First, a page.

A Tragedy Revealed: The Story of Italians from Istria, Dalmatia, and Venezia Giulia, 1943–1956


155 pages
Contains Photos, Bibliography, Index
ISBN 0-8020-3921-9
DDC 949.72'00451




Translated by Konrad Eisenbichler
Reviewed by Graeme S. Mount

Graeme S. Mount is a professor of history at Laurentian University. He
is the author of Canada’s Enemies: Spies and Spying in the Peaceable
Kingdom, Chile and the Nazis, and The Diplomacy of War: The Case of


Studies. photos. biblio. index. $45.00. ISBN 0–8020–3921–9. CCIP.
DDC 949.72’00451.

Mussolini was Hitler’s World War II partner until 1943, when Italy
switched sides. Yugoslavia fought on the Allied side, and the Yugoslavs
with the strongest impact were Marshall Tito’s Communist partisans.
After the war, Tito became Yugoslavia’s head of state, and until 1948,
his country was an ally of the Soviet Union. It remained Communist until
1991. Italy remained in the Western camp and, in 1949, became a charter
member of NATO. Historic and conflicting territorial claims between the
two countries remained live issues until 1954; the ethnic Italians who
lived in the disputed areas paid the price. Western governments, which
had briefly sympathized with the Yugoslavs, championed the Italian
cause. This book is an English-language translation of a manuscript
published in Italian in 1999.

Given the ferocity of the fighting in wartime Yugoslavia, it is hardly
surprising that Tito reacted ruthlessly against those whom he considered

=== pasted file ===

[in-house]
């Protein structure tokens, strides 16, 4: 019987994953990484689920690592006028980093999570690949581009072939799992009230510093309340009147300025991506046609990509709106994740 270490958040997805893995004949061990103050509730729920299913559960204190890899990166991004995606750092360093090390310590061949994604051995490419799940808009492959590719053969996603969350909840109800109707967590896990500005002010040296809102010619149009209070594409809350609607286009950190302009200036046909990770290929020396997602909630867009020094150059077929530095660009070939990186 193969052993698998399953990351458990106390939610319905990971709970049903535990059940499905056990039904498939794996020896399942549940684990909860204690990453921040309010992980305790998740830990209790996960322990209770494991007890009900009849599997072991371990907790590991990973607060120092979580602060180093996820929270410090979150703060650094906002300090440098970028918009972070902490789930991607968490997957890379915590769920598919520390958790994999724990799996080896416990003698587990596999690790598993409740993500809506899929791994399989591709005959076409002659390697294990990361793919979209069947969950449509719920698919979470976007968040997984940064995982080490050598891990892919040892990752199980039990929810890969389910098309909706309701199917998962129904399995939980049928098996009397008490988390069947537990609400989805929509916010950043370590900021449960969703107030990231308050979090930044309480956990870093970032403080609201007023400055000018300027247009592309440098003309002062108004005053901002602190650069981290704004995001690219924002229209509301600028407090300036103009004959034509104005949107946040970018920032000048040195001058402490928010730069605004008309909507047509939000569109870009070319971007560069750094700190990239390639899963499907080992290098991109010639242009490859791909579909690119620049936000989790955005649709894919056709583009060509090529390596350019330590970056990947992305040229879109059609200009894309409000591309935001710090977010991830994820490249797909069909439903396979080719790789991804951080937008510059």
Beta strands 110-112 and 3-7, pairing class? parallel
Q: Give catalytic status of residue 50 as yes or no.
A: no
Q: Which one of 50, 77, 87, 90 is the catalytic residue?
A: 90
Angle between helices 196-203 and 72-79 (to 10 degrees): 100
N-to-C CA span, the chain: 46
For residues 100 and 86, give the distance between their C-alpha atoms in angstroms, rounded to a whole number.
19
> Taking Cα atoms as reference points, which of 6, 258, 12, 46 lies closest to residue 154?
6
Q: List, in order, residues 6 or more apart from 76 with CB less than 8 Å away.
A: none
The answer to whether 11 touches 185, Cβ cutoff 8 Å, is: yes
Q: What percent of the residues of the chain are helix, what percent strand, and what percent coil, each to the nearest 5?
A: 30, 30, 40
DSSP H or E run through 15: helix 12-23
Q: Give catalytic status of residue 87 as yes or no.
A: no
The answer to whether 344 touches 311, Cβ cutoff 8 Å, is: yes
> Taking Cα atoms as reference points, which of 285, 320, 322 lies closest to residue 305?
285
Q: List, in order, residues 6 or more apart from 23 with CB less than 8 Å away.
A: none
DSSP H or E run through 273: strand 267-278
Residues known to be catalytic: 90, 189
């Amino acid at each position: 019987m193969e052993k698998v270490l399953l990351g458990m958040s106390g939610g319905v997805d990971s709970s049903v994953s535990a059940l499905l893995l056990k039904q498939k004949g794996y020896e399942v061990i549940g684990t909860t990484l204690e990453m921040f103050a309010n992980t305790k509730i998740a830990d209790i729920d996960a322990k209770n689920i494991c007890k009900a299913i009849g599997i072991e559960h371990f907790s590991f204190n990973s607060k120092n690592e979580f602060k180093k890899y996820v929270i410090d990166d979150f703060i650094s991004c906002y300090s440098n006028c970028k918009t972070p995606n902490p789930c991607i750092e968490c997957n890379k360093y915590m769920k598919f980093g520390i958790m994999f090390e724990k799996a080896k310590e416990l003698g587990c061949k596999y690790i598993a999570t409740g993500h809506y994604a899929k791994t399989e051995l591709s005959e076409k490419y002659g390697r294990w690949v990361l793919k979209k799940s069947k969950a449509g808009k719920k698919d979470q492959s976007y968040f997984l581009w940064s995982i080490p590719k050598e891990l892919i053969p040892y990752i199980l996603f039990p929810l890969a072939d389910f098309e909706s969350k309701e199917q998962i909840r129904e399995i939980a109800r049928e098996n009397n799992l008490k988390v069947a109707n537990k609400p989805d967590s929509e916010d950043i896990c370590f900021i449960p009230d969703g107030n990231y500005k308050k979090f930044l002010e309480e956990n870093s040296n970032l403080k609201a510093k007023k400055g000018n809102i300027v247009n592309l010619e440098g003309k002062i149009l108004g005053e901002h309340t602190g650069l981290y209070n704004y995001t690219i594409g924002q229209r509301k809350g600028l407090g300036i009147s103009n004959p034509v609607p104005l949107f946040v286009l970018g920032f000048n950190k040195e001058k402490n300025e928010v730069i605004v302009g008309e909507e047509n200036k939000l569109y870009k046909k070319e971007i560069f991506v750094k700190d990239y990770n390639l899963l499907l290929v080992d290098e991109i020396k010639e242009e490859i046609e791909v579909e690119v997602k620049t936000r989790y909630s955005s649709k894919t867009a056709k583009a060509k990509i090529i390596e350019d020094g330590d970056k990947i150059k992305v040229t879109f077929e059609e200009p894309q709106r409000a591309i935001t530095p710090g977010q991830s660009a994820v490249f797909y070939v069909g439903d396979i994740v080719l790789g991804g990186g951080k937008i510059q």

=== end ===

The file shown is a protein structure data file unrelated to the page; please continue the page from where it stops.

Axis collaborators—Croatians, Chetniks (Yugoslav royalists), and
Italians. Yet the reader must feel sympathetic toward the unfortunate
civilians, most of whom had little say in determining Mussolini’s
foreign policy. That the massacre of thousands of ethnic Italians and
the expulsion of more than 300,000 others would have received little
attention for almost half a century certainly is plausible. Postwar
Italian governments were hardly anxious to emphasize their country’s
immediate past, and Italian Communists—the strongest opposition
force—were unlikely whistle-blowers. Also, many of the refugees
dispersed to North or South America, Australia, South Africa, or other
parts of Europe.

Petacco and his translator describe the fate of the Italians in
gripping, vivid language. Theirs is a story the world ought to know. The
work’s flaw, however, is insufficient context. When the
Austro-Hungarian Empire disintegrated in 1918, which ally of the World
War I victors—Italy or Yugoslavia—had the better claim to the lands
in question? Might a just settlement (assuming there could have been
one) at the Versailles Conference in 1919 have avoided an Italian
feeling of betrayal and prevented the rise of Mussolini? Yet history
deals with events, not the counterfactual, and readers can be grateful
to Petacco, Eisenbichler, and the University of Toronto Press for
telling this story.


Petacco, Arrigo., “A Tragedy Revealed: The Story of Italians from Istria, Dalmatia, and Venezia Giulia, 1943–1956,” Canadian Book Review Annual Online, accessed June 24, 2024, https://cbra.library.utoronto.ca/items/show/16510.